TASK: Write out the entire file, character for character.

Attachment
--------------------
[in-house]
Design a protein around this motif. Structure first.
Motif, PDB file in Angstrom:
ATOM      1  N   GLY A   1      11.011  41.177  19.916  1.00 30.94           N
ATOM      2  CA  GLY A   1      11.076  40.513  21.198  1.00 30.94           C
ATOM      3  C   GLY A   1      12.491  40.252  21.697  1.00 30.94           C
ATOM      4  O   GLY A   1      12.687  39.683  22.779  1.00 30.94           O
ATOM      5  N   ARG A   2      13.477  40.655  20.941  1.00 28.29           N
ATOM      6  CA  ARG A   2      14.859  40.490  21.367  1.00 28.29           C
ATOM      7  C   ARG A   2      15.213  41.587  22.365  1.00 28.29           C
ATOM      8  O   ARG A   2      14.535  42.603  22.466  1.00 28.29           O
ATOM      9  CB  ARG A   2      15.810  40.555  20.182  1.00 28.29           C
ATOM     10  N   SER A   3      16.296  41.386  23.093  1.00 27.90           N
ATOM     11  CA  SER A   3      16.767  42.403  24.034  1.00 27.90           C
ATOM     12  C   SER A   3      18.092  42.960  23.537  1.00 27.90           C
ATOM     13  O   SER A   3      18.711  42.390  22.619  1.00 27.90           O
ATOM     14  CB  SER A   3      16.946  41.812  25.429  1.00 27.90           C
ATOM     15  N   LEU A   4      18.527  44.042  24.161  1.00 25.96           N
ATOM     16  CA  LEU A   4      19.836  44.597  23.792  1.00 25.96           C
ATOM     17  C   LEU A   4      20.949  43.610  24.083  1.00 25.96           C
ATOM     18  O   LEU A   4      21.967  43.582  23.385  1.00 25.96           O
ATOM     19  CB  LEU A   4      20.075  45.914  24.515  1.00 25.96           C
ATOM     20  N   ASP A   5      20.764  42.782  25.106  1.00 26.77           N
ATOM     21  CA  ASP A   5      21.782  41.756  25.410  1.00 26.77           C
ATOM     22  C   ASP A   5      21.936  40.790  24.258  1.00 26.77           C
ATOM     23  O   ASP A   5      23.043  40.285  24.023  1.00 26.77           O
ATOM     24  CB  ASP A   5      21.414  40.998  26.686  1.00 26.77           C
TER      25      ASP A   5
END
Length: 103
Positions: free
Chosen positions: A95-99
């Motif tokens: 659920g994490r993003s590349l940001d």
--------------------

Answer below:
[in-house]
Design a protein around this motif. Structure first.
Motif, PDB file in Angstrom:
ATOM      1  N   GLY A   1      11.011  41.177  19.916  1.00 30.94           N
ATOM      2  CA  GLY A   1      11.076  40.513  21.198  1.00 30.94           C
ATOM      3  C   GLY A   1      12.491  40.252  21.697  1.00 30.94           C
ATOM      4  O   GLY A   1      12.687  39.683  22.779  1.00 30.94           O
ATOM      5  N   ARG A   2      13.477  40.655  20.941  1.00 28.29           N
ATOM      6  CA  ARG A   2      14.859  40.490  21.367  1.00 28.29           C
ATOM      7  C   ARG A   2      15.213  41.587  22.365  1.00 28.29           C
ATOM      8  O   ARG A   2      14.535  42.603  22.466  1.00 28.29           O
ATOM      9  CB  ARG A   2      15.810  40.555  20.182  1.00 28.29           C
ATOM     10  N   SER A   3      16.296  41.386  23.093  1.00 27.90           N
ATOM     11  CA  SER A   3      16.767  42.403  24.034  1.00 27.90           C
ATOM     12  C   SER A   3      18.092  42.960  23.537  1.00 27.90           C
ATOM     13  O   SER A   3      18.711  42.390  22.619  1.00 27.90           O
ATOM     14  CB  SER A   3      16.946  41.812  25.429  1.00 27.90           C
ATOM     15  N   LEU A   4      18.527  44.042  24.161  1.00 25.96           N
ATOM     16  CA  LEU A   4      19.836  44.597  23.792  1.00 25.96           C
ATOM     17  C   LEU A   4      20.949  43.610  24.083  1.00 25.96           C
ATOM     18  O   LEU A   4      21.967  43.582  23.385  1.00 25.96           O
ATOM     19  CB  LEU A   4      20.075  45.914  24.515  1.00 25.96           C
ATOM     20  N   ASP A   5      20.764  42.782  25.106  1.00 26.77           N
ATOM     21  CA  ASP A   5      21.782  41.756  25.410  1.00 26.77           C
ATOM     22  C   ASP A   5      21.936  40.790  24.258  1.00 26.77           C
ATOM     23  O   ASP A   5      23.043  40.285  24.023  1.00 26.77           O
ATOM     24  CB  ASP A   5      21.414  40.998  26.686  1.00 26.77           C
TER      25      ASP A   5
END
Length: 103
Positions: free
Chosen positions: A95-99
């Motif tokens: 659920g994490r993003s590349l940001d």